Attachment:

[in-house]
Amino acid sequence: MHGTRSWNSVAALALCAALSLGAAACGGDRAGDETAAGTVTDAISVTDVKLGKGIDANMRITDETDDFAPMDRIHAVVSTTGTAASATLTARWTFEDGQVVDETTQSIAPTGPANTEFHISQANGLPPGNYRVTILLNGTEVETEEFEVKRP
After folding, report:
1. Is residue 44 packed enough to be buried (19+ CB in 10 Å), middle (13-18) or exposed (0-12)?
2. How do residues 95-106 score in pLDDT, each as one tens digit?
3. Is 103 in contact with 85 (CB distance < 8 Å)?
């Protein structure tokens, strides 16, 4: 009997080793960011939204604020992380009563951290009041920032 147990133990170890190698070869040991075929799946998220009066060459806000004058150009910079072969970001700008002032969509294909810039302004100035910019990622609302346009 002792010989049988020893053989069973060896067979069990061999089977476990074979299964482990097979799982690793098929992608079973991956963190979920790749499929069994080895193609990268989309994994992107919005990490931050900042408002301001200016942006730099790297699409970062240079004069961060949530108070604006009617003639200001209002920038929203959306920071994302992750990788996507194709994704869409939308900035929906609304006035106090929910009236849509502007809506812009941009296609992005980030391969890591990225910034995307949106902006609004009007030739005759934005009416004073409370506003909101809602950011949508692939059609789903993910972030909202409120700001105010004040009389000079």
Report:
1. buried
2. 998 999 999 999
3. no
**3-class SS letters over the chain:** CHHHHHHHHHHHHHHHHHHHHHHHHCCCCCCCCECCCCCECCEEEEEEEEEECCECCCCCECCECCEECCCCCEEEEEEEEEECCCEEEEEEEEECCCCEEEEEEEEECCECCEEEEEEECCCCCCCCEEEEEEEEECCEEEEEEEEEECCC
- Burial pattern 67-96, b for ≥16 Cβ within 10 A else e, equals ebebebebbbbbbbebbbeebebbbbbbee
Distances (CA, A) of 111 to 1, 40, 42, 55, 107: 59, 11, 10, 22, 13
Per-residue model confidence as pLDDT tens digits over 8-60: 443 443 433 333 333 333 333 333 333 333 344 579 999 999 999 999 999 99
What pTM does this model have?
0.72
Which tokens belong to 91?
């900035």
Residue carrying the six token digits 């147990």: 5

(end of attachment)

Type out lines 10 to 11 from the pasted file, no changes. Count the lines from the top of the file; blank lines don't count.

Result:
2. 998 999 999 999
3. no